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Chapter 1/6

Purpose of a Law Firm Website

Law Firm Website Design

4 min read

Purpose of a Law Firm Website

You know you need a law firm website. It’s what comes next that isn’t always clear. 

A great website helps your law firm stand out, increases brand exposure, draws in your ideal client, and provides value to clients and potential clients. 

This guide will help you define a purpose for your law firm’s website, consider your value proposition, and learn basics about functionality, accessibility, and structure. We’ll also give you tips on using content marketing to increase exposure and the power of the call-to-action (CTA) and lead magnets. You’ll learn the importance of website design principles, where to start, and how to find help.

Why a Website Matters

By understanding the importance of a high-quality law firm website, how to build a website that’s accessible and useful, plus the basic elements you need for success, you can convert your visitors into leads for your firm. 

Potential clients seek ?legal services online every day. For your law firm to draw in new clients and remain successful, a strong web presence is a must. The cornerstone of your web presence is your website, the place to show your authority and expertise, as well as drive traffic and inquiries for your law firm.

Most customers begin the buying process by conducting online research first. This is true for both eCommerce and service providers. Potential clients want to make an informed decision when choosing an attorney. Your website is one of the first places they’ll visit to see if you’re the right choice.

Defining Your Website’s Purpose

What is the goal of your website? You need to know your website’s goal before you even think about colors, picture, or design. 

There was a time when websites for lawyers were essentially glorified online business cards. Today’s legal websites, though, serve many purposes. They share information about who you are, showcase your service areas, and offer potential clients a way to reach out for those services. Beyond that, your website should communicate what makes you unique—your value proposition—to your target client.

Your Unique Value Proposition

A value proposition defines the unique value you deliver to your clients that other attorneys don’t. It outlines the reasons your client should choose you and should ring throughout your law firm website design.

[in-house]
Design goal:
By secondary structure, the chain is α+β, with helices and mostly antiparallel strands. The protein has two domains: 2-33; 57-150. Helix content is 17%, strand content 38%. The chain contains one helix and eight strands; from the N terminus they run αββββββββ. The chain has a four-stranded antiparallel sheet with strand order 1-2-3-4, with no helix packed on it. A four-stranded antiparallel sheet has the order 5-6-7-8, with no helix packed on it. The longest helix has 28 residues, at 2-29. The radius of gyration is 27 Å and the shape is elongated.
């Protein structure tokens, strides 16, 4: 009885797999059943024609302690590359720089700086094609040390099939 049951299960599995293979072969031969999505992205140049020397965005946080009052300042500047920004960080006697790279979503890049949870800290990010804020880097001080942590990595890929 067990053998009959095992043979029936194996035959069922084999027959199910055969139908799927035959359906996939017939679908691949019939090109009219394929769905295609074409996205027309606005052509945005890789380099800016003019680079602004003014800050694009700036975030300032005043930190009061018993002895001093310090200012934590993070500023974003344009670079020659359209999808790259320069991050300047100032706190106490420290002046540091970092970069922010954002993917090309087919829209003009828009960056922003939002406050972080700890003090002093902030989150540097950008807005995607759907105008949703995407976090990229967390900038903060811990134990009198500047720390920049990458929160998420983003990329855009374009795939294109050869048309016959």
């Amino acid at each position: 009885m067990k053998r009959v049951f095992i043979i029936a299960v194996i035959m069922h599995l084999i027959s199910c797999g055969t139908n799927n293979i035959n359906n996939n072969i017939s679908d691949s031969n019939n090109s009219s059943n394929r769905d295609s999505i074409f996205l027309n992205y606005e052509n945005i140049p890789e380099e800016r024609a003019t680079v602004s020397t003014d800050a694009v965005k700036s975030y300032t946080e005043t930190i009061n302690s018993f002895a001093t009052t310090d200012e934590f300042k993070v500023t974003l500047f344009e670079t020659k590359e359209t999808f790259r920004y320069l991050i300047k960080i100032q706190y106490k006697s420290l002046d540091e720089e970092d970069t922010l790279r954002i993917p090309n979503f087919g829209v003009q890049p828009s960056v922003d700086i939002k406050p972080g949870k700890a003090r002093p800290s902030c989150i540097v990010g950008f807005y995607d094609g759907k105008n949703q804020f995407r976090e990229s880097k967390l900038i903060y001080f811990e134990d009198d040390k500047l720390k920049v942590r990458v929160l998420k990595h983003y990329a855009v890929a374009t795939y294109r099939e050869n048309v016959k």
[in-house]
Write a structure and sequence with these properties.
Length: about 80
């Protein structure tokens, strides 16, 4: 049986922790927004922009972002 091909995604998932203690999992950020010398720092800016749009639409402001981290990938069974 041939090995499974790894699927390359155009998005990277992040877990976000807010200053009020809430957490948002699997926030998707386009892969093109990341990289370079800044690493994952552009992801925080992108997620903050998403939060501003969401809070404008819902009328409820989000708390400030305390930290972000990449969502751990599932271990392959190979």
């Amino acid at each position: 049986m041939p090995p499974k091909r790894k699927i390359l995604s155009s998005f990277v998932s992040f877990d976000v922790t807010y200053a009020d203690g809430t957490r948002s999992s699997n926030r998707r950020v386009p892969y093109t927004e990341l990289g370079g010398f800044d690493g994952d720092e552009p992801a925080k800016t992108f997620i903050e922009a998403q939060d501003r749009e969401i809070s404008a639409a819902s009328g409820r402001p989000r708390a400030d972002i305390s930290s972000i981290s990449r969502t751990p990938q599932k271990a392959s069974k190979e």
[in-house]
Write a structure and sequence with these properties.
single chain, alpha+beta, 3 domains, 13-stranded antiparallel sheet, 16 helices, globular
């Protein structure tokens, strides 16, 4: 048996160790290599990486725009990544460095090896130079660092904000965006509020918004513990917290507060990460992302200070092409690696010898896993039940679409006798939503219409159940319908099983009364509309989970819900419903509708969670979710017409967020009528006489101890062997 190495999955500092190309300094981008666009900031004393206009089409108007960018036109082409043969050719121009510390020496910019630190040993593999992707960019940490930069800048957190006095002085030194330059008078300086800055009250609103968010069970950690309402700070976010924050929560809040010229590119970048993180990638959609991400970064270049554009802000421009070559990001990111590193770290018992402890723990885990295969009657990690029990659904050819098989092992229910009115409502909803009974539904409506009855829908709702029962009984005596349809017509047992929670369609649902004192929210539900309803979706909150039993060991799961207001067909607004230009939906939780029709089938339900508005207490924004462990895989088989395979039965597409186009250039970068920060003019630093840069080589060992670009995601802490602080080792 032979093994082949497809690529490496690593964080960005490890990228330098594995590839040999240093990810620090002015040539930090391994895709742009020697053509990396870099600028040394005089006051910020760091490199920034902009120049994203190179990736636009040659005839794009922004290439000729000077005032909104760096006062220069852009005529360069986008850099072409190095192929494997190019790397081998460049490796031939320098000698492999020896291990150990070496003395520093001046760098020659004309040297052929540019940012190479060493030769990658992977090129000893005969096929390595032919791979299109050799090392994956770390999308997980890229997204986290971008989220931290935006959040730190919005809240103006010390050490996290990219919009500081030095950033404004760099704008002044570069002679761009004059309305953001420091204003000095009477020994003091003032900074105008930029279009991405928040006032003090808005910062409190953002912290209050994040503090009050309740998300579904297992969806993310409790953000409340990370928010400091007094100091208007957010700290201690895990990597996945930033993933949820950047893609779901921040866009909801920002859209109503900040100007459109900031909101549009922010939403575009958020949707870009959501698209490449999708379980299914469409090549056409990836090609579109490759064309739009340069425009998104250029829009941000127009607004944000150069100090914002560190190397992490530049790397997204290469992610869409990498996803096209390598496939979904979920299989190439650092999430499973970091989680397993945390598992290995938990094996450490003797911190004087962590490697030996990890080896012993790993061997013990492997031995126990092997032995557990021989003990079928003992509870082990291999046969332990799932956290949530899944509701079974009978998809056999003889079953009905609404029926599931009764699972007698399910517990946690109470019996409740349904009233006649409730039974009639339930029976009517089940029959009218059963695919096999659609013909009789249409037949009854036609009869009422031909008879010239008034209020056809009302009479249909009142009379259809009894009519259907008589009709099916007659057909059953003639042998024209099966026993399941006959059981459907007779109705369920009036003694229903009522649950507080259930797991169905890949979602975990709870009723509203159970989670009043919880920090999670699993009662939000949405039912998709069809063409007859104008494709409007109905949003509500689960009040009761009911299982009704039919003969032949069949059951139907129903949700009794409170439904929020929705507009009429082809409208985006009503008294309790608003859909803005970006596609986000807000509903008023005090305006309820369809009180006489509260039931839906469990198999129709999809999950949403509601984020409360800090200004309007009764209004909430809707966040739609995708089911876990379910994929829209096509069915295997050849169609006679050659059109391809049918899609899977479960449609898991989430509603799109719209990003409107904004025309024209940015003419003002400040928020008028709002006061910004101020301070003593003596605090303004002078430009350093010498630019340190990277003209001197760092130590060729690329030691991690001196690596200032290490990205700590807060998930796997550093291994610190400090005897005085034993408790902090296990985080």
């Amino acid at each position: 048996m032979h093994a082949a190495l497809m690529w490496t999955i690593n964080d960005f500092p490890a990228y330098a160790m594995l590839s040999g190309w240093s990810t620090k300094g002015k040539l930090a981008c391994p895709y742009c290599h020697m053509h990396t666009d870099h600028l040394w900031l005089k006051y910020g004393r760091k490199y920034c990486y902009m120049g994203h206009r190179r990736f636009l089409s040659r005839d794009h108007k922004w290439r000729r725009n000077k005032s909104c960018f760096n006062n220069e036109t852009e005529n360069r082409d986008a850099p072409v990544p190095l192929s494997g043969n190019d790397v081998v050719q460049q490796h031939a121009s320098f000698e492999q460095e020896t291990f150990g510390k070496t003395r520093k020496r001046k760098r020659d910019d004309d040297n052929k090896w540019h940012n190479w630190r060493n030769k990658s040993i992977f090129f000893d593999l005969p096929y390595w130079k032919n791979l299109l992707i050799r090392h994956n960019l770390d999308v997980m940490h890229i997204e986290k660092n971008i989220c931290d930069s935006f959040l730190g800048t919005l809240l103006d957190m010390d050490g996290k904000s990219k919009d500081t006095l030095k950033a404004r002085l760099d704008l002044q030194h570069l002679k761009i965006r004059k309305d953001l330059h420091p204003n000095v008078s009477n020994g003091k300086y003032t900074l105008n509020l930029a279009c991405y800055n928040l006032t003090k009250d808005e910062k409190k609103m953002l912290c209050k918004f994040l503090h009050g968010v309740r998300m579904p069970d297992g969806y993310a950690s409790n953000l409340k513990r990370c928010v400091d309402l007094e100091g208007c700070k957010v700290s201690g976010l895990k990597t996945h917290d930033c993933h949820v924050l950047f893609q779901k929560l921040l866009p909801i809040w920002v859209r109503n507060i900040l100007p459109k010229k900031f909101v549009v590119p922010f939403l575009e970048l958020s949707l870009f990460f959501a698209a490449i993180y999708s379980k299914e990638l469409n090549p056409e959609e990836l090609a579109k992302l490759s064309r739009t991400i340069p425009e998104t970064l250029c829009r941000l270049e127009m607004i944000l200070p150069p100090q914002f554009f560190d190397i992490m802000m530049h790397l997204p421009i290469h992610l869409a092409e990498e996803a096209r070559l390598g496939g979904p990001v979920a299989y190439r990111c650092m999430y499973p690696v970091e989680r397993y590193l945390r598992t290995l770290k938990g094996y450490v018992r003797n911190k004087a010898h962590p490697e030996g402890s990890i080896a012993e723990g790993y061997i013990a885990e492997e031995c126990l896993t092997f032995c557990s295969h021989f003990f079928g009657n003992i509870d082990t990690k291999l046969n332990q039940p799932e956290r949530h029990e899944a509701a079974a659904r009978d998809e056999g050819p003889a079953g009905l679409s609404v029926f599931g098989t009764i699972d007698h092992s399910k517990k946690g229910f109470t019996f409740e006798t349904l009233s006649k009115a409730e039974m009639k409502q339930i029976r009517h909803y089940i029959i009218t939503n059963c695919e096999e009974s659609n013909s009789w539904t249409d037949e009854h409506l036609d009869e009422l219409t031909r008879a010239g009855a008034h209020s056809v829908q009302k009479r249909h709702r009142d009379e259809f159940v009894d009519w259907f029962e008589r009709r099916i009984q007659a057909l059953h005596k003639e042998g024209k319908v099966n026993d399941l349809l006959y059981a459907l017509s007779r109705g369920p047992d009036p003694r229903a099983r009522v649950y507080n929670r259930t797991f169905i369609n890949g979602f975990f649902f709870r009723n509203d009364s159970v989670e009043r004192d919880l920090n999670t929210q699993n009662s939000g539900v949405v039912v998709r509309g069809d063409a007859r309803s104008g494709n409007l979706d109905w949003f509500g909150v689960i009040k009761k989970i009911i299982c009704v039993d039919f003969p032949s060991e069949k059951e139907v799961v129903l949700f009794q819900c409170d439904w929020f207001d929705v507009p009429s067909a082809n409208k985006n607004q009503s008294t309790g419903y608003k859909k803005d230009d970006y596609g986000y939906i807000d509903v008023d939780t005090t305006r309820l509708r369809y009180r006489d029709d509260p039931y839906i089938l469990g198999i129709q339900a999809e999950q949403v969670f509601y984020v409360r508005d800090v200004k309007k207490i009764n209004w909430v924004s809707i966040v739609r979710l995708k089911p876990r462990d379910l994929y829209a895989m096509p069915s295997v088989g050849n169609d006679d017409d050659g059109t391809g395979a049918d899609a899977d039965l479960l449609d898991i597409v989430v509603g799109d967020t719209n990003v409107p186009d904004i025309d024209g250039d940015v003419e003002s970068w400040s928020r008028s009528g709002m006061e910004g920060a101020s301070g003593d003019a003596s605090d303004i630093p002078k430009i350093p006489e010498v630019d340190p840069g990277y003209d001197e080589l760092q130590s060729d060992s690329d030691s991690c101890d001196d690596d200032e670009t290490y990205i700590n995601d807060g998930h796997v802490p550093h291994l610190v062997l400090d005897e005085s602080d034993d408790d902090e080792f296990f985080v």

If you don’t know your unique value proposition, follow these steps.

  1. Identify your target client’s primary concerns. Take some time to define your client’s primary concerns. These concerns will depend on your main service areas and the client you want to attract. This is the perfect place to use your client persona or avatar.
  2. Define how your services solve these concerns by listing the benefits. Now, define how your services solve these concerns. List the benefits of your services instead of the features.
  3. Position yourself as the provider of the value. Using your website, position yourself as the provider of this unique value by placing it front and center on your home page and throughout your website.

Capture and Qualify Leads

Many potential clients head to Google to search for information before they ever think about hiring a lawyer. Your website can provide these leads with information they need as they navigate their issues. Your website should deliver different information to potential clients based on where they are in the decision-making process. We’ll cover this more in Chapter 5

Transact with Clients

Many firms are now taking advantage of their website as a place for clients to go for information and to conduct business. Your website could give clients access to a client portal where they can see their case’s status, review documents, and exchange notes and ideas with your team. Some firms are using their site to develop a client library of helpful resources. You can also have clients visit your website to review and pay invoices and schedule appointments. 

Another way law firms are using their site to deliver client services. For example, clients come to the site to complete questionnaires that populate basic contracts. One firm developed a place on their website for clients to review and manage their commercial leases. The possibilities are endless. 

Now that you’ve thought about the goal/s for your website, it is time to explore basic design principles you’ll use in building your site.